Kastelicova told THR: “We work very closely with the filmmaker throughout the process, including [where possible] in the development stage. Filmmakers tend to have a view just for local audiences. We are encouraging them to tell the story in an international visual language to appeal to a broader audience. I believe films must travel…. We really want to encourage directors to use film language, not just words.” That also makes HBO Europe’s docs distinct from those of European public broadcasters, she argued.
Root said that is key as his team measures the success of the docs not only via viewership, but also by their ability to cause debate and play well at film festivals, as well as garner press and social media buzz.
The goal of focusing on a wider audience is helped by the fact that HBO Europe finances many of its docs with such European partners as Arte and Germany’s ZDF, even though in some cases it funds them all on its own.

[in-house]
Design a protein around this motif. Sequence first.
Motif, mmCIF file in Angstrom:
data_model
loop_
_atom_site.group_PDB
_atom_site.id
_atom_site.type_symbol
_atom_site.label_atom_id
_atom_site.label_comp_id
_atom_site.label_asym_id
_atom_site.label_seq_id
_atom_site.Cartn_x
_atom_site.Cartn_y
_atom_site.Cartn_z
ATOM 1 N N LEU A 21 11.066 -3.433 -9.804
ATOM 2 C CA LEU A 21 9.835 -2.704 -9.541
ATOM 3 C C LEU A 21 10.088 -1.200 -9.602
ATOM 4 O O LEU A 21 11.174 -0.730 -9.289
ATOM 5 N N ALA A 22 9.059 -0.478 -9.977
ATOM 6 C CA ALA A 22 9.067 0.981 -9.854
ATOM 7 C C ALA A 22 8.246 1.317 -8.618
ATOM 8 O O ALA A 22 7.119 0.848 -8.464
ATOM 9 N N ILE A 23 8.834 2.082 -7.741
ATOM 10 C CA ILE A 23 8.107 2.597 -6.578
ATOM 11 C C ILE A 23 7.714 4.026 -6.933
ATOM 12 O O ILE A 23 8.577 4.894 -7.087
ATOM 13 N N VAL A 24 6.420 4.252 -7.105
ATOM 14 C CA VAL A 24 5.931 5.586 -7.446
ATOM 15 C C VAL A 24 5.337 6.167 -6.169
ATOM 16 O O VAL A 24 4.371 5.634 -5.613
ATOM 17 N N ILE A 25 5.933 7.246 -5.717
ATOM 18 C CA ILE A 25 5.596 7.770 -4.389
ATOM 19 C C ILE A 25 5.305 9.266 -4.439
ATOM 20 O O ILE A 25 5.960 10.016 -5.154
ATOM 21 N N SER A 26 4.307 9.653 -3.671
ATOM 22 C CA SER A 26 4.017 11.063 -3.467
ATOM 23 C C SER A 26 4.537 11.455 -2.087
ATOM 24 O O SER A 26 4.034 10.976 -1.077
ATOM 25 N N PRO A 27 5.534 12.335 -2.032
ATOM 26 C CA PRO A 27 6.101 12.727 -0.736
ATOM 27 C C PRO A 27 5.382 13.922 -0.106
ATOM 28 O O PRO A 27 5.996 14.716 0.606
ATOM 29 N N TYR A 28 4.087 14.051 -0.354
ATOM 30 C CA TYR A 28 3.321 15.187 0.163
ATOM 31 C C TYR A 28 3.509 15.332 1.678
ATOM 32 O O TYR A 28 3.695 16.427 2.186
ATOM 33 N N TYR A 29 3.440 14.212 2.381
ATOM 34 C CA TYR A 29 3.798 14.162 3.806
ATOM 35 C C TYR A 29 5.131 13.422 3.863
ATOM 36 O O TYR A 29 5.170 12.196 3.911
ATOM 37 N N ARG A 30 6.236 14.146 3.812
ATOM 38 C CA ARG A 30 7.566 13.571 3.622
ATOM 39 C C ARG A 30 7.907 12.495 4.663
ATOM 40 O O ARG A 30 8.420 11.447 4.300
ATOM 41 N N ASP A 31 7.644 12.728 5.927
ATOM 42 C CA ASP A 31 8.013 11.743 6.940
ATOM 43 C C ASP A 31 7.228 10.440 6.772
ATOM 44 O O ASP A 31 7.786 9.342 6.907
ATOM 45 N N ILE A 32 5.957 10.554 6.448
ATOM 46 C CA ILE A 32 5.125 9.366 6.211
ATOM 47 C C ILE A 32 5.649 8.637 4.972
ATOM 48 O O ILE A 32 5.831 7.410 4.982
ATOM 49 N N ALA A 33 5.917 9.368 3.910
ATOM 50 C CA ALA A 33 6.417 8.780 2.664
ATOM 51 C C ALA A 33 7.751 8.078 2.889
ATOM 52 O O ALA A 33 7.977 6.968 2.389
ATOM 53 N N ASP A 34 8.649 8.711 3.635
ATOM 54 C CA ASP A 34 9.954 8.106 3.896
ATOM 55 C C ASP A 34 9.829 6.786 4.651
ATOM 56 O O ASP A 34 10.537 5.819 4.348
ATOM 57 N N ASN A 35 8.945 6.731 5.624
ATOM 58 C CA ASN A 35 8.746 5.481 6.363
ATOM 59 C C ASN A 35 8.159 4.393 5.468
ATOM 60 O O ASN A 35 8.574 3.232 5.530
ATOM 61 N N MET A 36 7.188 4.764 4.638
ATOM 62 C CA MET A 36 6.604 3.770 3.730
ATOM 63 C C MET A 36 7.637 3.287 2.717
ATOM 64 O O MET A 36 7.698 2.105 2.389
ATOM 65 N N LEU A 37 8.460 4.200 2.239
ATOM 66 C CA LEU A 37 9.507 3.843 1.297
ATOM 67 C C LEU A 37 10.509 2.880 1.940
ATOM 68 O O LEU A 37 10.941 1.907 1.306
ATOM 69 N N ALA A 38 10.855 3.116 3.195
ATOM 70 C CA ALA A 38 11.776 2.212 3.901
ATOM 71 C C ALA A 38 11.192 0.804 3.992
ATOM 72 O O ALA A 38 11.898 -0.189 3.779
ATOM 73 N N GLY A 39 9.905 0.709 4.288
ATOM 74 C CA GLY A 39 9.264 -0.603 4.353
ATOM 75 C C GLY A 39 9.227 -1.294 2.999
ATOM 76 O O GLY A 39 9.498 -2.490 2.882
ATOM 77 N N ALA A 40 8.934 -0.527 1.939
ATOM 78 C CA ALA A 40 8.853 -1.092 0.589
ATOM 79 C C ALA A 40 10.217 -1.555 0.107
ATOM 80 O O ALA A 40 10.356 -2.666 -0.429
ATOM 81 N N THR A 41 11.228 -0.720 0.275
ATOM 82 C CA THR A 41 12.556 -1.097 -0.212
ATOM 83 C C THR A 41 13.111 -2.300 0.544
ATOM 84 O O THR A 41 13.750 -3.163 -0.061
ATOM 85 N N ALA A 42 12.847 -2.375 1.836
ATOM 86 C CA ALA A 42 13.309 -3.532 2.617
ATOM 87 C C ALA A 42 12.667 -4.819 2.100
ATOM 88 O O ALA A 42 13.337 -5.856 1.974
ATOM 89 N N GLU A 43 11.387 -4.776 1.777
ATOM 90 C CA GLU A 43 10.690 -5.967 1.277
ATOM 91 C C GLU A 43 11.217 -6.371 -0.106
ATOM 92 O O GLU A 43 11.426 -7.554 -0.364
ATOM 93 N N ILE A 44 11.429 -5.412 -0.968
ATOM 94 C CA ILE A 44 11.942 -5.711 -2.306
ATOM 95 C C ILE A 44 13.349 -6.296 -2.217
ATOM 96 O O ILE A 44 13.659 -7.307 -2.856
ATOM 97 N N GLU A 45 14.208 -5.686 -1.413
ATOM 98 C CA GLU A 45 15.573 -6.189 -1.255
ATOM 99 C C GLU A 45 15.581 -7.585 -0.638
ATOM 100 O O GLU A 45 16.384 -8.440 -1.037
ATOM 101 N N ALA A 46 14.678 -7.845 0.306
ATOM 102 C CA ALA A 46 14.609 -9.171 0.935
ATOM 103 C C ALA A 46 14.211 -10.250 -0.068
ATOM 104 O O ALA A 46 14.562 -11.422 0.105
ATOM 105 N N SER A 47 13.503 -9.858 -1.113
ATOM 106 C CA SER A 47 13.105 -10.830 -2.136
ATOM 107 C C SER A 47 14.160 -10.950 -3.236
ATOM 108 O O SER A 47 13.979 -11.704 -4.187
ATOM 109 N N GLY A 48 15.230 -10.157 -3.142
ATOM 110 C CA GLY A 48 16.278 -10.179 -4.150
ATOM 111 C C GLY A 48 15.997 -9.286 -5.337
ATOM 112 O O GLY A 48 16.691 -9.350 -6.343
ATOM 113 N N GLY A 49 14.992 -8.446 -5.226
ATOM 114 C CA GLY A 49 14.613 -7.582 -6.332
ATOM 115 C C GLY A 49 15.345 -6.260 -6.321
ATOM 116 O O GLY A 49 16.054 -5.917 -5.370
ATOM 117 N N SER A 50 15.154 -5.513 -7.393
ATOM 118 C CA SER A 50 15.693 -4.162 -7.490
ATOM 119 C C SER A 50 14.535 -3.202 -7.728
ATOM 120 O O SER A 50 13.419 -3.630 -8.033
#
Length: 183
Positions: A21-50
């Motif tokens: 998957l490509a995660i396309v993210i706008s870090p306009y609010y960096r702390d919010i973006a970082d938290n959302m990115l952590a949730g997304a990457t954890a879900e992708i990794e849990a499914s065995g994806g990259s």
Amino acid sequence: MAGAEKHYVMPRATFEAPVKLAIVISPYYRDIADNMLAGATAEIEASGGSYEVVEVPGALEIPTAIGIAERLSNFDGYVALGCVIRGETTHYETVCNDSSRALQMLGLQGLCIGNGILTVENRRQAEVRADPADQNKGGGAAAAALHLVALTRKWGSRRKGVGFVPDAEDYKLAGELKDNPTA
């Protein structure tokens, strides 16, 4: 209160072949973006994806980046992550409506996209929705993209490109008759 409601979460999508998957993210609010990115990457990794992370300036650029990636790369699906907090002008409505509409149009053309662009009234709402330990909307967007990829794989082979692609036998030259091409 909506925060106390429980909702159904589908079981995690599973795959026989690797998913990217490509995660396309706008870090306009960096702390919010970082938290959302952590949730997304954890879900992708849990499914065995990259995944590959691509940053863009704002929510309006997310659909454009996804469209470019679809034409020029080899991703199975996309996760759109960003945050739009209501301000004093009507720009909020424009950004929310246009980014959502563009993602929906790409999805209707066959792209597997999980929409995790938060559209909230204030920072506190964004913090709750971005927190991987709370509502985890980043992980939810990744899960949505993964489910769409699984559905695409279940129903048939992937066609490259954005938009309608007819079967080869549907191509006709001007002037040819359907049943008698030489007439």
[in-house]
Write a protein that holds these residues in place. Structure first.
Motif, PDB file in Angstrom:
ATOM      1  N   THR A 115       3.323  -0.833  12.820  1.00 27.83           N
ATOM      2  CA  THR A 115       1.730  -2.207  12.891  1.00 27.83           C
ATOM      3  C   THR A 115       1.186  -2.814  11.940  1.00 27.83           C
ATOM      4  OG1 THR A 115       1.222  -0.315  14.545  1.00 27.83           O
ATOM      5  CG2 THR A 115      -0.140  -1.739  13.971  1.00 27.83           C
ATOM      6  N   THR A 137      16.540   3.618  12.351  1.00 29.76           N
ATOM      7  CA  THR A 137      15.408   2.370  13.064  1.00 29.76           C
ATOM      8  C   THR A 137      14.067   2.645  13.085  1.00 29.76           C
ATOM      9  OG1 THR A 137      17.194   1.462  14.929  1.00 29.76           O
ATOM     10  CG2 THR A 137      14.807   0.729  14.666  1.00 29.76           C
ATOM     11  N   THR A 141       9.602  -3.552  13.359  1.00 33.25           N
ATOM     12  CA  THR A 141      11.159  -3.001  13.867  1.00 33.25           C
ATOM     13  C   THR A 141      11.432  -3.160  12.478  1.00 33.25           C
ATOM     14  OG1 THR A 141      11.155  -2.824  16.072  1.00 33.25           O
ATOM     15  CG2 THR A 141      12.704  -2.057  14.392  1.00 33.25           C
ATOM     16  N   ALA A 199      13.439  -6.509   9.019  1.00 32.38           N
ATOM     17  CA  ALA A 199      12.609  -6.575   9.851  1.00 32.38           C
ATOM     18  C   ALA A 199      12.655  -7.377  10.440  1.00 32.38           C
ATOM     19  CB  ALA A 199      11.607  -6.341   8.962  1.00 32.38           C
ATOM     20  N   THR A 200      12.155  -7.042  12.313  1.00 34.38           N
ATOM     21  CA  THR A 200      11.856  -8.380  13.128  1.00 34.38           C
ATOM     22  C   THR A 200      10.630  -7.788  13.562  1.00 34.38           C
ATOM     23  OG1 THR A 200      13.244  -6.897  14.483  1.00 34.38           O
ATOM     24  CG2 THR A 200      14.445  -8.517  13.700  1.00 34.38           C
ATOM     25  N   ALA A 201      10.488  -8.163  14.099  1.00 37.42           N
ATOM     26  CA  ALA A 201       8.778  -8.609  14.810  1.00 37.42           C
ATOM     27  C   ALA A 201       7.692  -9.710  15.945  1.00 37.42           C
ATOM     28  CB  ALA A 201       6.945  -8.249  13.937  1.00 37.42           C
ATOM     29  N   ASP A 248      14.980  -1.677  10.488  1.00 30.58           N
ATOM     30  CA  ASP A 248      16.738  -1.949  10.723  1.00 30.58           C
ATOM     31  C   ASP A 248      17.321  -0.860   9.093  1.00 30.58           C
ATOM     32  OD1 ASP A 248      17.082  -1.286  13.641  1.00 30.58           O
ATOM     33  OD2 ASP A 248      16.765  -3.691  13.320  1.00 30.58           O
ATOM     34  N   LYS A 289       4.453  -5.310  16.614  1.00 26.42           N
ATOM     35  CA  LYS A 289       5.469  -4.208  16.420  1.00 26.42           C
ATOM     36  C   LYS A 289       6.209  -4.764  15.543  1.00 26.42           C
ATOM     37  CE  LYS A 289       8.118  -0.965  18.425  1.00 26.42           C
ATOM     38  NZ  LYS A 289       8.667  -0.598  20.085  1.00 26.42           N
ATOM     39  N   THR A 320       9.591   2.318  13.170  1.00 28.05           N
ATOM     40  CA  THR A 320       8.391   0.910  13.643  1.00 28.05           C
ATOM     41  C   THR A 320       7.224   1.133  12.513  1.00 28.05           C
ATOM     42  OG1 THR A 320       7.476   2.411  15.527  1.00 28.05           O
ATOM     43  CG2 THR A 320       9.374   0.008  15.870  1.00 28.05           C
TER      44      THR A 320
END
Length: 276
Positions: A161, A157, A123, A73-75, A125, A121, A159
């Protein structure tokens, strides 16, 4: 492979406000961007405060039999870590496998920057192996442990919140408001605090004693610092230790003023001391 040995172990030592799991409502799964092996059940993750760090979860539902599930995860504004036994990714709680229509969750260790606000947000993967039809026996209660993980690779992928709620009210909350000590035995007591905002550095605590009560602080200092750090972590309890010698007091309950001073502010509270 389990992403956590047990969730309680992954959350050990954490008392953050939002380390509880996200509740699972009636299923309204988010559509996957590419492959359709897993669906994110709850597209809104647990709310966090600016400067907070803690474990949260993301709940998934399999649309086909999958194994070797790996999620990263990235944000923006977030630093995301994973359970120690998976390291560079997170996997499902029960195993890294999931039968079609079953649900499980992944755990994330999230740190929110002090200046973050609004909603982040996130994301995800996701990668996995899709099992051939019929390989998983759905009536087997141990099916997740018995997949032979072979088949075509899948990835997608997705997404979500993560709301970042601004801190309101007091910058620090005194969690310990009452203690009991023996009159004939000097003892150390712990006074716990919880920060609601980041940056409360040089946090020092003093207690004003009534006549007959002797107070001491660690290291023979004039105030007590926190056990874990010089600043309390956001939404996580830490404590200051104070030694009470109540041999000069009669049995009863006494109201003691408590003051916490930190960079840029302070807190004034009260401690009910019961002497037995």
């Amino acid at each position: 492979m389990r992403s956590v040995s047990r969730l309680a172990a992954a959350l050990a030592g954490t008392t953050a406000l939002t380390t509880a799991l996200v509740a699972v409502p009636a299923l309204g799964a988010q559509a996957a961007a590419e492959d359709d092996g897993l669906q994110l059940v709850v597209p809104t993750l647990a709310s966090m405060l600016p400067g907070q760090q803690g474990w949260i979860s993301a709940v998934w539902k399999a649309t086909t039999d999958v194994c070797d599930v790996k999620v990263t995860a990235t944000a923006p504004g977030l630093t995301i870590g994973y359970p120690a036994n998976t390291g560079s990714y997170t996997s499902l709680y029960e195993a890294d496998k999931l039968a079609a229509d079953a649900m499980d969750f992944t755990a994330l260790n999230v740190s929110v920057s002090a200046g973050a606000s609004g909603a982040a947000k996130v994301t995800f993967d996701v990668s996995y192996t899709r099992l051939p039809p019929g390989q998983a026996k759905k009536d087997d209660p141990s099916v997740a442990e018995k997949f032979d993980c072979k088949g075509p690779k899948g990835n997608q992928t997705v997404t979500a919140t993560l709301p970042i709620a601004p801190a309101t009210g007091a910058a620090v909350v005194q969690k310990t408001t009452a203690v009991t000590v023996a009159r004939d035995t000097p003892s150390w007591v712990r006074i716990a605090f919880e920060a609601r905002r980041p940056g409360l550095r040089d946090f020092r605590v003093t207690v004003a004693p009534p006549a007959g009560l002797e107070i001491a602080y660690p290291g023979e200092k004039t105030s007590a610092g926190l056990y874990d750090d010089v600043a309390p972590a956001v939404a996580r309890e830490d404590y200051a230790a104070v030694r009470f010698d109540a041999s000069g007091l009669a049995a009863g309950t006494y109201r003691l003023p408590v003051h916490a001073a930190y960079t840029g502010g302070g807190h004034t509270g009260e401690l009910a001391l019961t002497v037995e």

While social issues and arts have often been the focus, the company is also open to doing sports and various other topics. “Some are lighter, others are darker,” said Root. “We are looking for a mix. And our goal is to have 12 a year, so we can do a premiere every month in our documentary slot on Thursday that we have across all our 15 territories.”
Looking back at 2014, Kastelicova told THR: “Over the last year, we have had many successes. We want to be seen as leading producer of documentaries in the region.” That is beginning to be the case.
Among HBO Europe’s recent docs, which have screened at film festivals, have been:
The Queen of Silence
This musical documentary is about a deaf Roma girl living in a camp in Poland who discovers Bollywood dance after finding DVDs in the garbage and expresses herself through it by imitating the films.
Something Better to Come
The Danish-Polish co-production had its world premiere at the International Documentary Film Festival Amsterdam. It is about 11-year-old Tula, who lives in the biggest junkyard in Europe, near Moscow. The filmmaker followed her for 14 years. The film won the Grand Prix award at the Artdocfest in Moscow in December.
Stream of Love
The film by a Hungarian documentarian shows octogenarians in rural Romania speaking candidly about love and sex. It was part of the international showcase at the Los Angeles Film Festival 2014.